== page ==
Port Botany Expansion (PBE) is one of the biggest infrastructure projects undertaken in Australia in the past three decades. Image courtesy of Hutchison Port Holdings (HPH).
The contract for the development and operation of the third terminal at Port Botany was awarded to Hutchison Port Holdings (HPH) in 2009. Image courtesy of Hutchison Port Holdings (HPH).
Port Botany is owned by Sydney Ports Corporation. Image courtesy of J Bar.

Port Botany

Port Botany Expansion (PBE), which won the Australian Construction Achievement Award in 2012, is a $1bn infrastructure project in New South Wales, Australia. The PBE project primarily involved the construction of a new terminal (Terminal 3) on 60ha of reclaimed land adjacent to the existing Patrick Terminal at Port Botany.

"The terminal expansion increased the port’s freight capacity to 1.6 million TEUs a year."

The approval for the construction of the new terminal at Port Botany was obtained in 2005 and construction began in July 2008. The first phase of the expansion was carried out by a consortium comprising Baulderstone and Jan De Nul. The port is owned by Sydney Ports Corporation.

The construction works of phase two of the project were carried out by Laing O’Rourke. Phase two became operational in 2014. The terminal expansion increased the port’s freight capacity to 1.6 million TEUs a year.

The new terminal generated up to 2,000 temporary jobs during construction and 1,900 permanent jobs upon commissioning. The terminal is also expected to add approximately $800m a year to the NSW economy. The new terminal is designed for a life expectancy of 100 years.

Construction details of Port Botany Expansion (PBE) phase 1

Phase one of the PBE project involved the reclamation of 63ha of land, construction of five new berths, and new wharves measuring 1,850m in length and 16.5m-deep. The phase also witnessed the construction of 216 precast retaining walls.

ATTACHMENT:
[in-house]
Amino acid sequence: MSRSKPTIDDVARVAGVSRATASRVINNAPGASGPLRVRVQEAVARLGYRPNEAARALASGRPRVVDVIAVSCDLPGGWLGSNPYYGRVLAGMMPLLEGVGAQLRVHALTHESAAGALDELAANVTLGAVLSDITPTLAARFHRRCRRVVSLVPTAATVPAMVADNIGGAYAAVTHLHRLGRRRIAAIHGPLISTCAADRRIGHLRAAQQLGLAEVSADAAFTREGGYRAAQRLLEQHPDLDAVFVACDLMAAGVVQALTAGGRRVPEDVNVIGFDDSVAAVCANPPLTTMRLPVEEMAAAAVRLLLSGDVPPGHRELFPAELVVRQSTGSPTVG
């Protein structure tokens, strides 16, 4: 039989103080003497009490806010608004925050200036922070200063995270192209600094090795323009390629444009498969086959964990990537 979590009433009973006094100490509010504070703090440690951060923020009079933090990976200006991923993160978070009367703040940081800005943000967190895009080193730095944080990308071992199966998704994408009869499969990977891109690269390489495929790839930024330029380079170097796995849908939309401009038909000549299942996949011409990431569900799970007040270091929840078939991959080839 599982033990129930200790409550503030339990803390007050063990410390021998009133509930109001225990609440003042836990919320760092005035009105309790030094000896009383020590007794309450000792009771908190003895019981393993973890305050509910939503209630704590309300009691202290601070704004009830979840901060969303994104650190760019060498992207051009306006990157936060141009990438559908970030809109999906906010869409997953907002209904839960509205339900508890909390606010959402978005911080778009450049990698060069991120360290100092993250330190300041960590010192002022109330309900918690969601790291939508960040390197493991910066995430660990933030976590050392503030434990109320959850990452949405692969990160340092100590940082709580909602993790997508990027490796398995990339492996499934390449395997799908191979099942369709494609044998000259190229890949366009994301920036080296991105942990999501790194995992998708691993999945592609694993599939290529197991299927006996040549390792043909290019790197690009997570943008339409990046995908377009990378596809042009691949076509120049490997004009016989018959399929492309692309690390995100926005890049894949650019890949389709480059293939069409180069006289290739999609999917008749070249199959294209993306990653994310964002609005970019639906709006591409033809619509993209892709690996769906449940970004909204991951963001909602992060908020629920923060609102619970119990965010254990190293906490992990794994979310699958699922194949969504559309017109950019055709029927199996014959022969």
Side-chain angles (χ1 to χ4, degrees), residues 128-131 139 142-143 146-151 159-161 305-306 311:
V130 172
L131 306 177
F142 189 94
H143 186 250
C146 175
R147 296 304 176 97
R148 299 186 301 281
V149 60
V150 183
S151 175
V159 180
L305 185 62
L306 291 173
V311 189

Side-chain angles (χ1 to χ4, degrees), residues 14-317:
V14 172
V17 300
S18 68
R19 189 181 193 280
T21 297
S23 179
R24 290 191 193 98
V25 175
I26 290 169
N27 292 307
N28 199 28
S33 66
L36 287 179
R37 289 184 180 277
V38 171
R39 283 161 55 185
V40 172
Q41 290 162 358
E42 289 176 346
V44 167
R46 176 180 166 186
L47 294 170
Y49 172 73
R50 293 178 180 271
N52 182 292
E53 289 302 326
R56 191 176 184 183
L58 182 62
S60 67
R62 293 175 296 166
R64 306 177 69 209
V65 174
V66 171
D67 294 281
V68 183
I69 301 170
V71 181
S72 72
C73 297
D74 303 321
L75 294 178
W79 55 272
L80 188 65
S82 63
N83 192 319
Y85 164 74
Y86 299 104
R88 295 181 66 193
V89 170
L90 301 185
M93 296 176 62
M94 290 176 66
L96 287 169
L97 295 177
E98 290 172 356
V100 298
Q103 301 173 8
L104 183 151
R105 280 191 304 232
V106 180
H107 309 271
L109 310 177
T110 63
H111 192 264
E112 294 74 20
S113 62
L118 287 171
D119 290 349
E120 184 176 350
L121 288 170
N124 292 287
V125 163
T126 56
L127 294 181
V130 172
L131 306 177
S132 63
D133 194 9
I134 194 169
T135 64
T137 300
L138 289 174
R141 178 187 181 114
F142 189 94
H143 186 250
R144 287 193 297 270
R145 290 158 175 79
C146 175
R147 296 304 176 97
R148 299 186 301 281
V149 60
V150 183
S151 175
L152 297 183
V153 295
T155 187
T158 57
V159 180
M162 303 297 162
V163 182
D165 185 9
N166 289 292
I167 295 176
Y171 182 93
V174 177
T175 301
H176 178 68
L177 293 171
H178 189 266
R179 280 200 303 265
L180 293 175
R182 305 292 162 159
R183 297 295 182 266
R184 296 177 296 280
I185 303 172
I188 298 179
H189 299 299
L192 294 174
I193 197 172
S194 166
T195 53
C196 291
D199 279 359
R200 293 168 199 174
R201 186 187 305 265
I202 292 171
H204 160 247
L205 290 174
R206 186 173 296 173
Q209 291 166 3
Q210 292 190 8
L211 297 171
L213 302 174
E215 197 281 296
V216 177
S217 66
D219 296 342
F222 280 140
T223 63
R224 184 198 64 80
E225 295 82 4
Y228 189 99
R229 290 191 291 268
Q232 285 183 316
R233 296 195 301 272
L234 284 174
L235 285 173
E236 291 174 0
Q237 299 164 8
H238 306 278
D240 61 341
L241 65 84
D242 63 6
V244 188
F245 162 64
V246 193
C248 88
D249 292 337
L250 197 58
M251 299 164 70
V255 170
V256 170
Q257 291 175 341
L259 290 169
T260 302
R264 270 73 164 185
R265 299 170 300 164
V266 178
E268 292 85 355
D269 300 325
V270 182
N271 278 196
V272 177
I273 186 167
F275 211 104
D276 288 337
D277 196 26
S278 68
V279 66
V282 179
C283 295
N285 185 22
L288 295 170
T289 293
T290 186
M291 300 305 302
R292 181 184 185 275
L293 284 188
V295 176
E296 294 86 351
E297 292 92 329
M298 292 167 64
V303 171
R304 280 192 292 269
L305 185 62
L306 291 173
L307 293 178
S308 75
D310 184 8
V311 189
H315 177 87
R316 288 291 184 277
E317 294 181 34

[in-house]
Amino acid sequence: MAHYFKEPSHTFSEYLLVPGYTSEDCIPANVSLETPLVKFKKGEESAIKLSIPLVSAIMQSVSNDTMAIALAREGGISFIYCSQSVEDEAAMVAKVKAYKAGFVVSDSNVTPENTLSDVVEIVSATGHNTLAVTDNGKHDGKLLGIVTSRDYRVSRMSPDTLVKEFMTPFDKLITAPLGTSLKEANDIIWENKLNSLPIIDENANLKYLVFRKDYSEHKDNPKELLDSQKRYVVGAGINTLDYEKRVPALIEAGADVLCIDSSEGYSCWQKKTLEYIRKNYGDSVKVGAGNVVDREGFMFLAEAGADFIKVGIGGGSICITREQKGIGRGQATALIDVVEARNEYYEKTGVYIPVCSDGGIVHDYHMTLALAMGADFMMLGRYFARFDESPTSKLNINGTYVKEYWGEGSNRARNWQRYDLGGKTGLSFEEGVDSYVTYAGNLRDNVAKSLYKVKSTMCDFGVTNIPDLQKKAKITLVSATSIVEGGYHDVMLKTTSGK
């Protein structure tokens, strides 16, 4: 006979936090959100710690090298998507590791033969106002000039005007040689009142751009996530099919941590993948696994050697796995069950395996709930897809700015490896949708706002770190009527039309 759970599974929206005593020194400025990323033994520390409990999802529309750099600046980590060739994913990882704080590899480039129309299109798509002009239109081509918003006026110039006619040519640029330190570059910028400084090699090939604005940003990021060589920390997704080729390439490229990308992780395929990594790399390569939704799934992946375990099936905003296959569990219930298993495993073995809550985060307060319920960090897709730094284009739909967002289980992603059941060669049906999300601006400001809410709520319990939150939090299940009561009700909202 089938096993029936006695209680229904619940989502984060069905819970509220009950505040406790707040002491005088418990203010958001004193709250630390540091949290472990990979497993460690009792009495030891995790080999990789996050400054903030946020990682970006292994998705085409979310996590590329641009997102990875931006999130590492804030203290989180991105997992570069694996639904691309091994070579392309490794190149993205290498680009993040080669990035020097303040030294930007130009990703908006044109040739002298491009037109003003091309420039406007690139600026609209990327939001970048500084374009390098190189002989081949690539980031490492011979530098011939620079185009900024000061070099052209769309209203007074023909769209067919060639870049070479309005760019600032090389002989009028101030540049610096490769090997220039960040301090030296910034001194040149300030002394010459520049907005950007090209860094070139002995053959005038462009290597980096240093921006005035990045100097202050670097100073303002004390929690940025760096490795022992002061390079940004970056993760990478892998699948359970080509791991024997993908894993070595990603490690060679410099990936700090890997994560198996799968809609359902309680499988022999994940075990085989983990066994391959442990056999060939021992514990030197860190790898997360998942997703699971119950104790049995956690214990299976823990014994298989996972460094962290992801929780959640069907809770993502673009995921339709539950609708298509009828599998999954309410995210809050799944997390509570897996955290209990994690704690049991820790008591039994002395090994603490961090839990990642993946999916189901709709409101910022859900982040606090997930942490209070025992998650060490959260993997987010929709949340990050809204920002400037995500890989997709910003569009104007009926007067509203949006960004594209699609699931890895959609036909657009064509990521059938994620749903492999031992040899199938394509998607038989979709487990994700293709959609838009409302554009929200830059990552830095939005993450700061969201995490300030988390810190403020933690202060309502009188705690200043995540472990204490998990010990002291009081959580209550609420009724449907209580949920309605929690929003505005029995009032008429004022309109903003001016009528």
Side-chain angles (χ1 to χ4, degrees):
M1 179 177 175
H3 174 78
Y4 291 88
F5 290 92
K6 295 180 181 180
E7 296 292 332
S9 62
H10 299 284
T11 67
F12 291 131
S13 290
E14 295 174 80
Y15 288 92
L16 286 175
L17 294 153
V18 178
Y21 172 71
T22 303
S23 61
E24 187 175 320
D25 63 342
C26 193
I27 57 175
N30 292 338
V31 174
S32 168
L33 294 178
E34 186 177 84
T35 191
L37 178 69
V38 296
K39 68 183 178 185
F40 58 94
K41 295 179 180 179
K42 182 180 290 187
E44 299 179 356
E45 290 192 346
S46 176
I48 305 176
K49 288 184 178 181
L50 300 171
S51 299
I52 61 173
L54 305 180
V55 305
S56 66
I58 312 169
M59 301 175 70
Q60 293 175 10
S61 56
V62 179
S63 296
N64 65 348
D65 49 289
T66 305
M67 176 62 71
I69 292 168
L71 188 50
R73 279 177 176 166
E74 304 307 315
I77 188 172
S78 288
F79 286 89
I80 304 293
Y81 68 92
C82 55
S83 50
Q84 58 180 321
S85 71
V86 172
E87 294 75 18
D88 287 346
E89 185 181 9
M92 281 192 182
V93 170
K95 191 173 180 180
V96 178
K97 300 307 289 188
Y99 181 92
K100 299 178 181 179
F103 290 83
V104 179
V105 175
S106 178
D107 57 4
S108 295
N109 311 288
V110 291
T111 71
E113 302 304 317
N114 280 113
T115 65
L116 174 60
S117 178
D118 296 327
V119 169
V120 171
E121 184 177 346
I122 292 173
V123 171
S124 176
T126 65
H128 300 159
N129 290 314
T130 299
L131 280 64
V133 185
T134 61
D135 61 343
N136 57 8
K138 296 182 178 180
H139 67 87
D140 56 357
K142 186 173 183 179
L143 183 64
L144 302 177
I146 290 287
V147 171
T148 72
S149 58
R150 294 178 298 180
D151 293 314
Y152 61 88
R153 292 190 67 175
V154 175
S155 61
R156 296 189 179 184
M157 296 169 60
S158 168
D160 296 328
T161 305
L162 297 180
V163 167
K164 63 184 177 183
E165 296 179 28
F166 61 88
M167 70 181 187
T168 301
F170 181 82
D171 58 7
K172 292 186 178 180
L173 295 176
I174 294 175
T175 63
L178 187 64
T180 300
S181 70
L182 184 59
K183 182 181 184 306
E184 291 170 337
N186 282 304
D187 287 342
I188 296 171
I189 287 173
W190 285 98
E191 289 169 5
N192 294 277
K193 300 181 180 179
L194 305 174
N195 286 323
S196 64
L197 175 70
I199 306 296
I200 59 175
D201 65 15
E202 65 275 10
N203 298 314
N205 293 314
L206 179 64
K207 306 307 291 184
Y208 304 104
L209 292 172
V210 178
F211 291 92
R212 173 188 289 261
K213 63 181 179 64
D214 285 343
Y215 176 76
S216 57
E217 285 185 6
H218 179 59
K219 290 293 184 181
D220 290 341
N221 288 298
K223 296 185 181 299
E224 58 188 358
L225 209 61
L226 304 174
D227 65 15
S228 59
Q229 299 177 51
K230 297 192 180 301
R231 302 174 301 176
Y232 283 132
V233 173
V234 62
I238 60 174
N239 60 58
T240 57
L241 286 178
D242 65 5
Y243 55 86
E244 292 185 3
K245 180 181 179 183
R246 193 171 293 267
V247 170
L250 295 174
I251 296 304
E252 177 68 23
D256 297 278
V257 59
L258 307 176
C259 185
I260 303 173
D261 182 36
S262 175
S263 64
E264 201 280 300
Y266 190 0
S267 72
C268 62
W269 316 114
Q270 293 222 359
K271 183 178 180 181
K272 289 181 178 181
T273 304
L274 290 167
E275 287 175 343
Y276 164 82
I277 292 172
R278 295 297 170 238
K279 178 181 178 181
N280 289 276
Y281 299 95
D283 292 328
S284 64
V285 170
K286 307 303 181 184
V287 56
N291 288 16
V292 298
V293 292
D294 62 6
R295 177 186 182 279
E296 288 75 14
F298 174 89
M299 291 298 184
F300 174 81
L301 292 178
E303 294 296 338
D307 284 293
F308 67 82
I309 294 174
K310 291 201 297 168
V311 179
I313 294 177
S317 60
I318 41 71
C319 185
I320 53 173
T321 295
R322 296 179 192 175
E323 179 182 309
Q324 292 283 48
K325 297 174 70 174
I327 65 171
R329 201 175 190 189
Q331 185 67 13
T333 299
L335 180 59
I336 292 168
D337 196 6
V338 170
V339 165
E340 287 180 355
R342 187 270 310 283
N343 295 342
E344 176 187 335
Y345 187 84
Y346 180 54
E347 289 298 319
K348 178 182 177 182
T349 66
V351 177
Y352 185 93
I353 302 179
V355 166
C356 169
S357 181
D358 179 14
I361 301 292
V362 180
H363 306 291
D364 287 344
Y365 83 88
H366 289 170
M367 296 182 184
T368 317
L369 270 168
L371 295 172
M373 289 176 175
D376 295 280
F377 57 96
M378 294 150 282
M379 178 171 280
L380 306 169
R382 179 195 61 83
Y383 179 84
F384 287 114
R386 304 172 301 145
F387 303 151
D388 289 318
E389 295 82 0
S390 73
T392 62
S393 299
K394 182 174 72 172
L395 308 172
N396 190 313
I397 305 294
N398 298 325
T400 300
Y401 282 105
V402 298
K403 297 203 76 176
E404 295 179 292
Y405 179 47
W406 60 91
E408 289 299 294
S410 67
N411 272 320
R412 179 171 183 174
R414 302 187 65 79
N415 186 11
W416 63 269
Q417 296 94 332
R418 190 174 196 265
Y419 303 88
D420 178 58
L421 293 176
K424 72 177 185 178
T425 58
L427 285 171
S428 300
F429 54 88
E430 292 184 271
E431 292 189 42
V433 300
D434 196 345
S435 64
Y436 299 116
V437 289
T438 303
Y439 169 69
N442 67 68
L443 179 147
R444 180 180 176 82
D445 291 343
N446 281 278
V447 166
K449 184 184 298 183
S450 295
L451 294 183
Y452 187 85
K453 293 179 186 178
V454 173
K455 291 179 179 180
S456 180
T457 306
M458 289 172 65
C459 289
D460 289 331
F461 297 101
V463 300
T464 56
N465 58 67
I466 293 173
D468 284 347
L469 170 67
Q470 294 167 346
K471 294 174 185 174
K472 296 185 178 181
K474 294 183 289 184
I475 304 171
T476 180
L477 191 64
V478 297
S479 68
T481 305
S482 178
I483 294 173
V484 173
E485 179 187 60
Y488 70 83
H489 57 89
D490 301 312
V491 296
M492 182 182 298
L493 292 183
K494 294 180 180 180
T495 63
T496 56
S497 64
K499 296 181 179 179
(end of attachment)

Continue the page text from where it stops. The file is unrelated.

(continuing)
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Initial dredging activities were conducted by installing a silt curtain around the bay area to confine the sediment. The dredging works were first carried out using a dredging vessel named Nu Bounty. Up to 90,000m³ of concrete and 15,000t of steel is estimated to have been utilised for the construction of the terminal.

Project activities completed in 2011 under phase one involved the construction of rail and road links, dredging of approximately 7.8 million cubic metres of fill materials for the shipping channels and berth boxes, construction of a 200m tug berth, and installation of additional rail sidings. The works also involved improvement of the estuarine environment, construction of a new four-lane boat ramp comprising of pontoons, and construction of car parking areas.

An elevated road network in Penrhyn Road was also constructed as part of phase one. It involved the construction of an intersection, three access ramps, and four bridge spans. The road network was constructed to provide access to trucks at the existing Brotherson Dock. A pedestrian bridge over the Port Botany freight rail line at Banksia Street was also constructed as part of the project.

PBE Phase 2 construction details

Phase two of the PBE project involved the selection of a stevedore for the terminal to carry out the development and operation works. Hutchison Port Holdings (HPH) was selected as the contractor in 2009. HPH further subcontracted Laing O’Rourke to carry out the civil and rail works for the project.

"The new terminal is designed for a life expectancy of 100 years."

Construction works under the Sydney Port Botany Terminal (SPBT3), which forms the first stage of phase two of the PBE project, were started in October 2012. The works involved paving of the internal road and rail facilities, installation of the container handling equipment, construction of the terminal buildings, construction of drainage facilities for which stormwater quality improvement devices (SQIDs) were installed, electrical works, and other ancillary activities.

A concrete batching plant was also constructed to facilitate the construction works.

Key players

Geotechnical engineering services and major design works for the project were provided by Golder Associates.

URS Global provided the design for the large gravity structures that form the quay walls, a 2,000m continuous cope beam, continuous rear crane rail beams and pile supporting system, navigational aids, boat ramp facility, foreshore revetments and breakwaters.

Asciano was contracted to deliver 44 of its patented AutoStrad® automated straddle carriers, which operate unmanned using radar and laser guidance technology for navigation.


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